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available elements, from emojis to animated GIFs, or subreddit discussions? What are people likely to do
out there on the web when they are trying to express themselves effectively? And, how can I conceptualize all that and fold it into my teaching and learning practice?
I have been trying to promote these questions to colleagues, too: What should we be reading and thinking about, and, what things might we tinker with?
The questions to keep in mind through all of this are: Are we reading things that are truly enriching our thinking and opening up conversations about our digital opportunities? Are we trying the things that are the most interesting in our experiments and pilot projects? We may not be there yet — but we should not abandon our efforts, and we should develop a sense of urgency about staying with it.
I’m on the record as saying that we had chance to think about our digital opportunities way back in the 1990s, when the early web was starting its evolution. But, what most institutions did was simply to treat the web as a utility for delivering content — as if that was the primary mission of the university. Well, that took the pressure off their having
to understand the web, but it also basically removed the opportunity at most institutions for colleagues to try to understand the web deeply. I think this did great harm.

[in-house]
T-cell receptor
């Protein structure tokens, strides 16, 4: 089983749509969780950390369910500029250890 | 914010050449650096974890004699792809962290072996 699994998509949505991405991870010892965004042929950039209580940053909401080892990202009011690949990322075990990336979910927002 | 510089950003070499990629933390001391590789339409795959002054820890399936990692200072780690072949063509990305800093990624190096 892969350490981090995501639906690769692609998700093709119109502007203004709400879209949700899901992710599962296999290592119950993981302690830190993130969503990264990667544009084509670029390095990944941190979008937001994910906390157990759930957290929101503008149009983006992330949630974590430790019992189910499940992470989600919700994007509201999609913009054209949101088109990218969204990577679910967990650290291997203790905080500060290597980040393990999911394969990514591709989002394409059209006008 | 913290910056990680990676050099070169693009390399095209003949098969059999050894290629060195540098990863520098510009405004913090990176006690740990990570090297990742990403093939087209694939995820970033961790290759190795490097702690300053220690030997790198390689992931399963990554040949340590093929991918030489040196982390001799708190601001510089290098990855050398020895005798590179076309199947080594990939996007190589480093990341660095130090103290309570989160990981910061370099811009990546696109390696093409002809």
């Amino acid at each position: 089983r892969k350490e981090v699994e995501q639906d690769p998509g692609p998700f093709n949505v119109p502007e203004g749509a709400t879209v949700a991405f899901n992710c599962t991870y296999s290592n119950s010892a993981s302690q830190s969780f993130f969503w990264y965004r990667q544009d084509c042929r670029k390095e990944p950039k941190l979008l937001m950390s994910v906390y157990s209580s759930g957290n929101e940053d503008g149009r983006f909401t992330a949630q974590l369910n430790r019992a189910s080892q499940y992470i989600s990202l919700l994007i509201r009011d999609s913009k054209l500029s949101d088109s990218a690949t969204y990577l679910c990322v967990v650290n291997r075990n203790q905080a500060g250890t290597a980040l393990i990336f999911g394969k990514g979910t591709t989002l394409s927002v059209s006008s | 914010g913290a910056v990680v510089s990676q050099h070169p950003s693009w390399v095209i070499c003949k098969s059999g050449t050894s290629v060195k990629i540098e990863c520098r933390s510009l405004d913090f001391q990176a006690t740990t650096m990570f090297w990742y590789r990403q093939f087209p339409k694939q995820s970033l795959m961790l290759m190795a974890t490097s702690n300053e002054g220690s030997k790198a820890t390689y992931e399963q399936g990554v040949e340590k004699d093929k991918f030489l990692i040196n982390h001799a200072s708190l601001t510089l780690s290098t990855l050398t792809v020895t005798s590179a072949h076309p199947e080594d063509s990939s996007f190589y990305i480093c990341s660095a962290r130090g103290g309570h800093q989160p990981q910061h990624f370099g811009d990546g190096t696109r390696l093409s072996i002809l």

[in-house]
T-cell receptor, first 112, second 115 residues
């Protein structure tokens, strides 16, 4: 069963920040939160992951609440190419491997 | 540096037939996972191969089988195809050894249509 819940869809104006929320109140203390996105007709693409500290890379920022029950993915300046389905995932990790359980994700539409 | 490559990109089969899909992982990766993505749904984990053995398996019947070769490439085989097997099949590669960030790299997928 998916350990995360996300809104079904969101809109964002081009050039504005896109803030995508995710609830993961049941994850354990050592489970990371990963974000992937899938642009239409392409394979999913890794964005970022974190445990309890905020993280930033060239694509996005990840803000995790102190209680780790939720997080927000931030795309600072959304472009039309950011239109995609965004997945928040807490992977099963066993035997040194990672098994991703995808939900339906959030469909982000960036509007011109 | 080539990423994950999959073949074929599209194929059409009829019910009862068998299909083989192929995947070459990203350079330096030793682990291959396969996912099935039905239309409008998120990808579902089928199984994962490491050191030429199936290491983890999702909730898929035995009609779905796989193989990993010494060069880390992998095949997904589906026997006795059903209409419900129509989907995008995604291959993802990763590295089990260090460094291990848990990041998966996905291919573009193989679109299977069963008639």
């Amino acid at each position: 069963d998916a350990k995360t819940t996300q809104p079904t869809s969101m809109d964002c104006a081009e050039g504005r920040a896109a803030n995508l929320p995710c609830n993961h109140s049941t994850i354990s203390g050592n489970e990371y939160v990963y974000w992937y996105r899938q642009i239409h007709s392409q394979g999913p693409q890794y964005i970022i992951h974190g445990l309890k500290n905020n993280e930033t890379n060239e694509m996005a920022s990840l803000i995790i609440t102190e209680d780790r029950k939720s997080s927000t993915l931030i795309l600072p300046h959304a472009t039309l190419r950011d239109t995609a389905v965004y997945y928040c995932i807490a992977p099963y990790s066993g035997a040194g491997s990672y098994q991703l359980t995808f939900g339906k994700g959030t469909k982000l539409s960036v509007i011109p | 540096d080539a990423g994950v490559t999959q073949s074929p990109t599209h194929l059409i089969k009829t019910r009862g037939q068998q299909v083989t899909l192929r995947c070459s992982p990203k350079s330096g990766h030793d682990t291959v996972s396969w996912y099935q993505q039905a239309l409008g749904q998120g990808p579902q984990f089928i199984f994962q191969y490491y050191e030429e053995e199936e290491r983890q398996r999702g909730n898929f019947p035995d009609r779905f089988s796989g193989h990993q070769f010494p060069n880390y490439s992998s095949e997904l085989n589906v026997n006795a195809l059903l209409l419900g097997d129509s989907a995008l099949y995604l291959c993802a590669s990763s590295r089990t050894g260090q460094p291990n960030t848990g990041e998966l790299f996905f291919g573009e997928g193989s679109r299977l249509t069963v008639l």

If we really want to consider the question of the digital opportunity of the web now, we are going to have
to retrace our steps and figure out how to get more
involvement from everyone in higher learning — to get these very smart people thinking about, and tinkering with, the possibilities of the open web.
CT: How does all this circle back to our original question about self-directed learning?
Campbell: Self-directed learning is fertile ground for
a fresh examination of digital opportunities. There are several other prime areas, of course: Libraries play a huge role in the investigations I’m talking about. And the way we think about scholarly communication is an area where we can raise consciousness about digital opportunities — simply because we urgently need to find ways to accommodate the rapidly expanding scope of scholarly communications and research materials. The list of areas to explore goes on and on.
And while I don’t think we need a complete overturning of all scholarly or pedagogical practice, we do need
to identify the key interventions, and wean ourselves away from an automated, faux-personalized approach
to “content delivery.” We need to find a way past the FTE horse-trading that all too often cripples innovation in curriculum. If we explore our digital opportunities with greater determination and greater wisdom, our efforts will ultimately add up to tremendous impact, both for self-directed learning programs and, more generally, for
pedagogy, faculty development, research support — the list goes on — allowing us to take the fullest possible advantage of the unprecedented communications environment we have before us.
CAMPUS TECHNOLOGY | August/September 2017
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